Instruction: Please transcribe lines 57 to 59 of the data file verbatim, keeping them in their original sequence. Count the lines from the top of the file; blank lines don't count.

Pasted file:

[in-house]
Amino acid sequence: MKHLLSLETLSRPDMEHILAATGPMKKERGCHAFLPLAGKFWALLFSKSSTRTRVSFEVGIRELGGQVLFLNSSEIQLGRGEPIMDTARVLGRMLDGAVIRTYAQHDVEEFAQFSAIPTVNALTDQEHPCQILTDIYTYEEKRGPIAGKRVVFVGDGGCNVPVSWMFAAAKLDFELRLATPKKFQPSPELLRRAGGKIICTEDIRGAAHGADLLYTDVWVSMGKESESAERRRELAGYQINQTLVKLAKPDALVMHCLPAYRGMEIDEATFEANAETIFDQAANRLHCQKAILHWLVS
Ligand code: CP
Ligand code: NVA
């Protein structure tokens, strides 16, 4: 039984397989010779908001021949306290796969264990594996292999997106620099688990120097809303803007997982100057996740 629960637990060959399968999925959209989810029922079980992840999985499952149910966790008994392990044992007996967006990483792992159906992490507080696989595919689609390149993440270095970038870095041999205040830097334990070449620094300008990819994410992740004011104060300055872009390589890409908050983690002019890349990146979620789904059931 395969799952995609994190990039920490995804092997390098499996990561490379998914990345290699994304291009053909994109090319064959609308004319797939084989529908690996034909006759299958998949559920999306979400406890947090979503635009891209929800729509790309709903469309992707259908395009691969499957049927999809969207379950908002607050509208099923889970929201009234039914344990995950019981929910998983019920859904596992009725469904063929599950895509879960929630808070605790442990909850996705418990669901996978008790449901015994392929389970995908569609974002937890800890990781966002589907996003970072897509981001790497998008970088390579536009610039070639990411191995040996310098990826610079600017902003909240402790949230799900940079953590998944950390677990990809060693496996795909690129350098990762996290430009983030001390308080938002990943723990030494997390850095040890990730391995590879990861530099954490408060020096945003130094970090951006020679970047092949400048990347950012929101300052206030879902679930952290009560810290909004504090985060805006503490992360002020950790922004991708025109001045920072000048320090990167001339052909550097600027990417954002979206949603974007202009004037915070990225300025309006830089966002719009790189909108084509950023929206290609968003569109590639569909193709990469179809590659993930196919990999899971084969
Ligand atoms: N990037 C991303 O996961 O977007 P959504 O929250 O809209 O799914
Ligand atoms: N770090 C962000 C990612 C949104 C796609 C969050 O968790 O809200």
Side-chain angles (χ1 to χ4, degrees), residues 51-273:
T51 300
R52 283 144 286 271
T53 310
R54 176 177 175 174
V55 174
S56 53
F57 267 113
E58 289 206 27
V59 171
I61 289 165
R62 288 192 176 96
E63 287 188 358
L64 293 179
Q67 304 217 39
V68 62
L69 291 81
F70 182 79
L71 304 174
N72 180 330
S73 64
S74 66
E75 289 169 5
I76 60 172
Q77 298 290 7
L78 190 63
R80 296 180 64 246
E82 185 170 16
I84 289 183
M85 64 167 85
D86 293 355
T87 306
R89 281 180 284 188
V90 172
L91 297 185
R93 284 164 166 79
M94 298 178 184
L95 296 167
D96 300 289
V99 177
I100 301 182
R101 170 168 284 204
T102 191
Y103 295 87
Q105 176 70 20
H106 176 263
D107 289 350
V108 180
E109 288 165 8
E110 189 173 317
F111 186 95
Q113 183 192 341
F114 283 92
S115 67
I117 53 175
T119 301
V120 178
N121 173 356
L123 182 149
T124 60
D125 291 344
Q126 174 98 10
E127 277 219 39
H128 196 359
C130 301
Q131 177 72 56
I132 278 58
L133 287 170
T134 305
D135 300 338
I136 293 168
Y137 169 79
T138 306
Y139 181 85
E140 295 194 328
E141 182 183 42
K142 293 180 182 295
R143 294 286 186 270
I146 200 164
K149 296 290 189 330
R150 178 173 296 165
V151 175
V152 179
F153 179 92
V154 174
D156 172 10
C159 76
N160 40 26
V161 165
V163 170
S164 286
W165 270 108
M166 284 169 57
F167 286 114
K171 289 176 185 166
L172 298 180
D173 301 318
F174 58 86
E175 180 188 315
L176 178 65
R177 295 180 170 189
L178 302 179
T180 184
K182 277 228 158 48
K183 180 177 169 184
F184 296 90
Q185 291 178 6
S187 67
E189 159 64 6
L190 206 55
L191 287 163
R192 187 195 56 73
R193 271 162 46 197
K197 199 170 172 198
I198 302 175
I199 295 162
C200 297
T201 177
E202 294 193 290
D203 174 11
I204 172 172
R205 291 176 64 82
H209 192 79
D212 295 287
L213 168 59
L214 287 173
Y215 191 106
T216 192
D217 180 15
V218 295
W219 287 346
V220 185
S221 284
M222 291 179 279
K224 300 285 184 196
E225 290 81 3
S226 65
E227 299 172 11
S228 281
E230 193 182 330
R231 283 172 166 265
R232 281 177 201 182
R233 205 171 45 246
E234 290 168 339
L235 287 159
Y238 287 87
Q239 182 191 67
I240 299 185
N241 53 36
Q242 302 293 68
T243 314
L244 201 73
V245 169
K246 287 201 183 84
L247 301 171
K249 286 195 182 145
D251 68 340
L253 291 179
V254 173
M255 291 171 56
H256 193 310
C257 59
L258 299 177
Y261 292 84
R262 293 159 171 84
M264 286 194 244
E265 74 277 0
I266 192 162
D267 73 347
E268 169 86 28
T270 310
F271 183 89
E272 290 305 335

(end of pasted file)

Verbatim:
E110 189 173 317
F111 186 95
Q113 183 192 341